Jim Mowrer has a challenge ahead of him in November, but in front of a room full of Democrats, he has no problem winning over the crowd: the mere mention of his opponent's name draws groans and chuckles.
The end of the fundraising quarter brought Steve King's opponent to Iowa City for a house party fundraiser.
This isn’t just about our district," Mowrer said. "Steve King is bad for the district
and Iowa, but I really think he’s bad for America. He doesn’t believe in
investing in the future.”
“When Steve King says government is broken, he’s bragging. He’s the one that
broke it,” Mowrer said. “He’s a liability for the Republican party. And every Democrat in the country is
interested in beating Steve King.”
At least Democrats from everywhere IN the country: Mowrer received donations from all 50 states in his first quarter of fundraising last year.
Mowrer has outraised King two quarters in a row and he seems confident that, one the numbers for the quarter ending today are reported in two weeks, he can extend that string.
And while critiques of his opponent warm the hearts of Democratic donors, Mowrer is also able to make a solid case for himself, focusing on his military service in Iraq and in the Pentagon.
Mowrer said his relative youth (he's just short of 28) has only been an issue in that it gives him yet another way to contrast himself with his opponent and with Washington dysfunction. “Just like the Greatest Generation, we’re going to keep working to make
our future better," he said of his fellow young veterans, "and our best days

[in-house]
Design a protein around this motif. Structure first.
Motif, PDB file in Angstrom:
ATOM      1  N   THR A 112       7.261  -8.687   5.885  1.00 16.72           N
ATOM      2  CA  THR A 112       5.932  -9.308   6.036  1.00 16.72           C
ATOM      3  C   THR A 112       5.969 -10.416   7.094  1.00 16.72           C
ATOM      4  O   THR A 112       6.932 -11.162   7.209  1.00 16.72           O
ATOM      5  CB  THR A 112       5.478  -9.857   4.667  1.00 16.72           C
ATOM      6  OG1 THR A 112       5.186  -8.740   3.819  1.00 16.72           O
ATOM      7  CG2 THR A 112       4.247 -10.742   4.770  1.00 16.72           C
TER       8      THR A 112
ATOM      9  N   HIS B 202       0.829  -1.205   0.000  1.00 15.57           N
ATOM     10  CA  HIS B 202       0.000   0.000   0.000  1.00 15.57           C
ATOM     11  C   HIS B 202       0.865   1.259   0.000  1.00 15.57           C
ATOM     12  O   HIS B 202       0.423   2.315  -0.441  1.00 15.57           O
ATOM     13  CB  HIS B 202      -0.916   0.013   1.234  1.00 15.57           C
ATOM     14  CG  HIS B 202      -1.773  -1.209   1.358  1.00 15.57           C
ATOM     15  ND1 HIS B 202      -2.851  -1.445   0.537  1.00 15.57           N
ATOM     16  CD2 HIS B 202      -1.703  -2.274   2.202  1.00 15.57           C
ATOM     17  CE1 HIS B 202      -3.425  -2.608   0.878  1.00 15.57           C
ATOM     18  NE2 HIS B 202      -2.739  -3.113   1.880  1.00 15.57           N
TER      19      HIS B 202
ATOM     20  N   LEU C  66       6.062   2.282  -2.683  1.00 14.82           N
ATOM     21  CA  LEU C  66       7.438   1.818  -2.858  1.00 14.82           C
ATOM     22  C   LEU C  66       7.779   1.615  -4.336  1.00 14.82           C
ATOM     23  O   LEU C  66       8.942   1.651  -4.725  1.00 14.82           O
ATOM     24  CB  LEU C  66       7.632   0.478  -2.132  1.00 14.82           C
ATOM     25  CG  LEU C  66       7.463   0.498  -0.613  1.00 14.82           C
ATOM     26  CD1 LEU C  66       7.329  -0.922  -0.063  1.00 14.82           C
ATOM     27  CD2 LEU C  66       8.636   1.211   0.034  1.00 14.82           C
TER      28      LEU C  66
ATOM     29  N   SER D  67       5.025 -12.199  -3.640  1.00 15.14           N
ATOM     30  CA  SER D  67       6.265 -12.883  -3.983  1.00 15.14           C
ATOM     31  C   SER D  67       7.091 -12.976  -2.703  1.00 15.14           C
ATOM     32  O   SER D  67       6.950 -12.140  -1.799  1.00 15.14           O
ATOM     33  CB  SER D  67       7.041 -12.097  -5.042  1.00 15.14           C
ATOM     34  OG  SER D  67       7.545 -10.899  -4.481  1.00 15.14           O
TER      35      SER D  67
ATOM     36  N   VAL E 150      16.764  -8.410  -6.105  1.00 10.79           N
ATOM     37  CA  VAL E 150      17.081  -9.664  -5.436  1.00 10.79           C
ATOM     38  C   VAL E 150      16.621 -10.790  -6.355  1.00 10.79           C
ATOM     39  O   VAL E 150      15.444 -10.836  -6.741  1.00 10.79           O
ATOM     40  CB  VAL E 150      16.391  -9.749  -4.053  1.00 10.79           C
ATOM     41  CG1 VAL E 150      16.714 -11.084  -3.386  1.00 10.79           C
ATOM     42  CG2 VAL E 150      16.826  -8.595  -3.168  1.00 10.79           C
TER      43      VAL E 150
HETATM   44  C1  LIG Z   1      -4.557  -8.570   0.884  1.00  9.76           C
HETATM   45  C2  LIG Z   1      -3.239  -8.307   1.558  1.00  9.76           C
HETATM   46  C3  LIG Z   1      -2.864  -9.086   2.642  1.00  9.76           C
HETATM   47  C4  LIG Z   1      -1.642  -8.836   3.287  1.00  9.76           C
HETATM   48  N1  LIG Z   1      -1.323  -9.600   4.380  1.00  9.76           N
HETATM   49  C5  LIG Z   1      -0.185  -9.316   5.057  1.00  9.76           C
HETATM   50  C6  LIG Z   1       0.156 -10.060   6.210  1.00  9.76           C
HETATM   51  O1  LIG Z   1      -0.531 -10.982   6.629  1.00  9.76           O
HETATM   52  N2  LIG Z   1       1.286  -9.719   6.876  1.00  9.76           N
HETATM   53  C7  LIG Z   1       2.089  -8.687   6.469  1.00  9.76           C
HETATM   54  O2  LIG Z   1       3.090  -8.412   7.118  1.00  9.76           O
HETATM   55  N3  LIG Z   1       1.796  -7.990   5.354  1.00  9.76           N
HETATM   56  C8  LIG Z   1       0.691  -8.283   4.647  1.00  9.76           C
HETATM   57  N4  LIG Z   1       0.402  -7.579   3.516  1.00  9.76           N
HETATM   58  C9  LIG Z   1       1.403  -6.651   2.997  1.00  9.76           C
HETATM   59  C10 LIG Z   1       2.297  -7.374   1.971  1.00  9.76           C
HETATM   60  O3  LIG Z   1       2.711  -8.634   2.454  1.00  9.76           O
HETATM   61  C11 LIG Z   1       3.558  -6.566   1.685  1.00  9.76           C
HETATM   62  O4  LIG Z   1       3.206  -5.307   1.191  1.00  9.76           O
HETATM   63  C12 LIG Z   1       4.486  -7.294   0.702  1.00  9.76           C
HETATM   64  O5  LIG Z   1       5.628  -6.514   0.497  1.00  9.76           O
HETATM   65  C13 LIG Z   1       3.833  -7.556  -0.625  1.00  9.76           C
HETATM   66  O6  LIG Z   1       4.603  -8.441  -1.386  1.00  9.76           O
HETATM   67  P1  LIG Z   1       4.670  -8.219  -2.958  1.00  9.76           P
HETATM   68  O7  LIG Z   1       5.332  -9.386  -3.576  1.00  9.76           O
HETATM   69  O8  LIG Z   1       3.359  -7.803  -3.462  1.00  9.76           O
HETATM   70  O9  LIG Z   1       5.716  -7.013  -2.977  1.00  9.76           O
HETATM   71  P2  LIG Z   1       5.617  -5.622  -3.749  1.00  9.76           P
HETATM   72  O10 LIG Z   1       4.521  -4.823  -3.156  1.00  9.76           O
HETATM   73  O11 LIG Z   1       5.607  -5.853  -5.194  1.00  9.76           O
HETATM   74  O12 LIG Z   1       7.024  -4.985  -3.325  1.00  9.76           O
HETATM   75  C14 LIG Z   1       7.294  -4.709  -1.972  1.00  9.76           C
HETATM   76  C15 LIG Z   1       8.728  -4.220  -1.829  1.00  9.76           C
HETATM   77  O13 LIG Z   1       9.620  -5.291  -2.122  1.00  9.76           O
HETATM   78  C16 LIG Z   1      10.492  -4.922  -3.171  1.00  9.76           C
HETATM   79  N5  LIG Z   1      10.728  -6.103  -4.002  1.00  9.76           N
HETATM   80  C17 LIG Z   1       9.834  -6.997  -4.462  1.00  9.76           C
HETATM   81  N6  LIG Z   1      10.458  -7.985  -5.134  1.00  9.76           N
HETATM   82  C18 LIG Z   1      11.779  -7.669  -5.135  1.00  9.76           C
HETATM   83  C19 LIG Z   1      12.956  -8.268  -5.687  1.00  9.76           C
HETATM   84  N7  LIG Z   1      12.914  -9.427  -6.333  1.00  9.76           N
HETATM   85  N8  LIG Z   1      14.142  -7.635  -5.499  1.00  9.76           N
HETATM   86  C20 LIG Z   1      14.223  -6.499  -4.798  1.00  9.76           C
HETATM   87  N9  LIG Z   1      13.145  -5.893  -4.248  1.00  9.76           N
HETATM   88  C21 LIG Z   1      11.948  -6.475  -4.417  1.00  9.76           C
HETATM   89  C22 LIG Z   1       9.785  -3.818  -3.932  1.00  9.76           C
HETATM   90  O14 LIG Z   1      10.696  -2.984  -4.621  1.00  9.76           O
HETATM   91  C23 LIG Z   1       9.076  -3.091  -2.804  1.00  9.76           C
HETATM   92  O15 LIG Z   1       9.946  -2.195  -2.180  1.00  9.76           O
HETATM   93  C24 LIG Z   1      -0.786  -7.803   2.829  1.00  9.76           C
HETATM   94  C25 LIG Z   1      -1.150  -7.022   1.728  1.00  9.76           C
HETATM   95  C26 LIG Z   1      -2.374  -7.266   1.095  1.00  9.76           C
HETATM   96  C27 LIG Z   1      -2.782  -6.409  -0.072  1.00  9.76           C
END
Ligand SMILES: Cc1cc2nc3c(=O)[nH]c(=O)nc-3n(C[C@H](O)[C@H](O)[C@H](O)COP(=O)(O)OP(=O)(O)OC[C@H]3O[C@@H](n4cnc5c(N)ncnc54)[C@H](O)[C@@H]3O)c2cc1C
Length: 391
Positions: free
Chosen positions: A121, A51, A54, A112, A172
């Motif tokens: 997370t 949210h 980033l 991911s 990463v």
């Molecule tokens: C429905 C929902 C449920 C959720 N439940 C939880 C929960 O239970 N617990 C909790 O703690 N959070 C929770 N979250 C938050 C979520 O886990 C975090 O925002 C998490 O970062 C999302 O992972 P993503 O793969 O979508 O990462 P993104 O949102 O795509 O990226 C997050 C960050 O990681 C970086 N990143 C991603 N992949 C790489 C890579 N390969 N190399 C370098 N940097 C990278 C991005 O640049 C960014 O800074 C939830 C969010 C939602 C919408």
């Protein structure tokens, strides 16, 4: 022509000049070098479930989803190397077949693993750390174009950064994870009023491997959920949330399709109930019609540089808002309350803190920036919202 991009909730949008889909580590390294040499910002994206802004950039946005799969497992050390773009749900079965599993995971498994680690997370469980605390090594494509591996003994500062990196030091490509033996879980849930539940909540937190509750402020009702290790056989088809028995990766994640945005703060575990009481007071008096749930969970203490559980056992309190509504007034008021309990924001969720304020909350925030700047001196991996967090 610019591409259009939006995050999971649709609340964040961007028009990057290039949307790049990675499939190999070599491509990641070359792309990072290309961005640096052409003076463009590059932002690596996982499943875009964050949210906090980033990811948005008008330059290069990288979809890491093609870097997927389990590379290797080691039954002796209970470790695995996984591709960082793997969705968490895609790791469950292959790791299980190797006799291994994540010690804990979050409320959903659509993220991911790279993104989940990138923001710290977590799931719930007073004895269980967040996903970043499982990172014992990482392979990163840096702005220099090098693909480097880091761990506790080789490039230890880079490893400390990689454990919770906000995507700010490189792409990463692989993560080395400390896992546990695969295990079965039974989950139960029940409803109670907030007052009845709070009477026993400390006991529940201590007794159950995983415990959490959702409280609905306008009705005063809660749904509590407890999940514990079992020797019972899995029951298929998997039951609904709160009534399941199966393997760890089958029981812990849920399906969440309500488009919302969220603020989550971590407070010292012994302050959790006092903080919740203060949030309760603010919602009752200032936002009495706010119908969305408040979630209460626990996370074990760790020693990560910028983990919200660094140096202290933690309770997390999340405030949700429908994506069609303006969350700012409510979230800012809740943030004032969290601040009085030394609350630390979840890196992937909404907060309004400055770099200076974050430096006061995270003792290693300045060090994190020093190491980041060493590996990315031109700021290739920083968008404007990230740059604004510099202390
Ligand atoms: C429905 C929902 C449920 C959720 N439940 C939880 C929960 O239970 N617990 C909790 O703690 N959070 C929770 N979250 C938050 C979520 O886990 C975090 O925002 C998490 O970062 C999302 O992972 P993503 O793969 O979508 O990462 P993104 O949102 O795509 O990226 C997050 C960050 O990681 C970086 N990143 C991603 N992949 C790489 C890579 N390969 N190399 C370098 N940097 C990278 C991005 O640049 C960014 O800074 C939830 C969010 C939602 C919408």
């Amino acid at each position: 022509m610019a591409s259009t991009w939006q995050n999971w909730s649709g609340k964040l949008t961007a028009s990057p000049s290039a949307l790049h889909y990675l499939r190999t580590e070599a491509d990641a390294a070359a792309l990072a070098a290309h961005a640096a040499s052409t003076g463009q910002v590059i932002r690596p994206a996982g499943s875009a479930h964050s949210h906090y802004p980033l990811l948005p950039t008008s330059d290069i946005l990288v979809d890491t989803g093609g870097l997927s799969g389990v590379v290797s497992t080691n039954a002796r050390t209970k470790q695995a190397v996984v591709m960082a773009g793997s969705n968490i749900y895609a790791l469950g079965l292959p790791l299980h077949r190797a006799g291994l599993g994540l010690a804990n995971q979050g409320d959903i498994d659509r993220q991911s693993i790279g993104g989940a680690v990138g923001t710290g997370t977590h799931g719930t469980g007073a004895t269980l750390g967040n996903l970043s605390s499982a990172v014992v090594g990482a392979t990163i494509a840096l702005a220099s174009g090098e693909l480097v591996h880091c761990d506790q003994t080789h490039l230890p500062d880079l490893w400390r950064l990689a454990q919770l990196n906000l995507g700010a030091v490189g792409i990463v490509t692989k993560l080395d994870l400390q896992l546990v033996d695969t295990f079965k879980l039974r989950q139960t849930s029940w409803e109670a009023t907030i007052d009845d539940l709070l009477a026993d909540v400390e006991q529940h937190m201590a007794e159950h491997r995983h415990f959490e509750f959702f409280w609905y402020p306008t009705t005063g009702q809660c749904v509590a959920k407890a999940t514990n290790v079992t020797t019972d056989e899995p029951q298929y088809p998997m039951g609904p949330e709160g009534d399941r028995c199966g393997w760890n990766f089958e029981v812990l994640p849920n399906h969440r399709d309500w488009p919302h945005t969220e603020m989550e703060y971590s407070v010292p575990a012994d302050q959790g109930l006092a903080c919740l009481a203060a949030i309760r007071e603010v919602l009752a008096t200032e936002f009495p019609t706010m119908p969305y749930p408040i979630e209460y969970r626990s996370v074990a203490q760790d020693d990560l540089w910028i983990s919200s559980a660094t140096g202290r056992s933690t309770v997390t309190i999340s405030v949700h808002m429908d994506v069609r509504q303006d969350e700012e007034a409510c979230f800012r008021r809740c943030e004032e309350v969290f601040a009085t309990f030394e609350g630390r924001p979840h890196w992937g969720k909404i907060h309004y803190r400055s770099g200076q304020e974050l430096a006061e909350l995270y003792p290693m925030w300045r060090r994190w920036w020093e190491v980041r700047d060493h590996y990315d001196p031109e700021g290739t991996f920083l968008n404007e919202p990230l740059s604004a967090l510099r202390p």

are ahead of us.”
Mower worked with the Army Office Of Business Transformation on reforming military procurement. “Without cutting any essential services, we saved $3.5 billion of taxpayer money. “
In addition to a military background, Mowrer also grew up on a family farm, until his father died in a farm accident. “What kept my family from falling down so far we couldn't get back up was the basic social safety net, specifically Social Security survivor benefits, and that’s why I’m a Democrat.”
But with an opponent whose stock in trade is red meat for the right, issue discussions invariably stray back to King. There's just too much good material.
“There’s a clear contrast in this race. I want to raise the minimum wage, Steve King wants to eliminate it. I want to protect Social Security. He wants to raise the retirement age and says Wal-Mart will hire you until you're 74."
And on King's signature issue, immigration, Mowrer said “I’ll just echo the speaker. It’s hateful and wrong. I’m in favor of comprehensive immigration reform, I’m in favor of the DREAM act.”
King never has solutions. The answer to everything is no. He doesn’t
have another immigration bill. Is his solution picking up 13 million people and moving them to another country? That would be devastating to our
"If you're a moderate in any way, I have a case to make to you," said Mowrer of his plans to target independents and moderate Republicans, a necessity in a district that's red, but not AS red as it was prior to the 2011 redistricting.
“I want this country to be successful no matter who the president is. Steve King says he only wants the county to be successful if we have a Republican president, a Republican House and a Republican Senate. That's only four of the last sixty years."
Mowrer cited polls showing King with 40% approval in the district and 47% disapproval, and a horse race number of 45% for King to 49% for "his Democratic opponent."
"We have a good case. Steve King has a bad case. And Iowans are pretty
good at making judgements, They expect good ideas from their leaders.”
“I would not be running this race if I was not exceedingly confident.”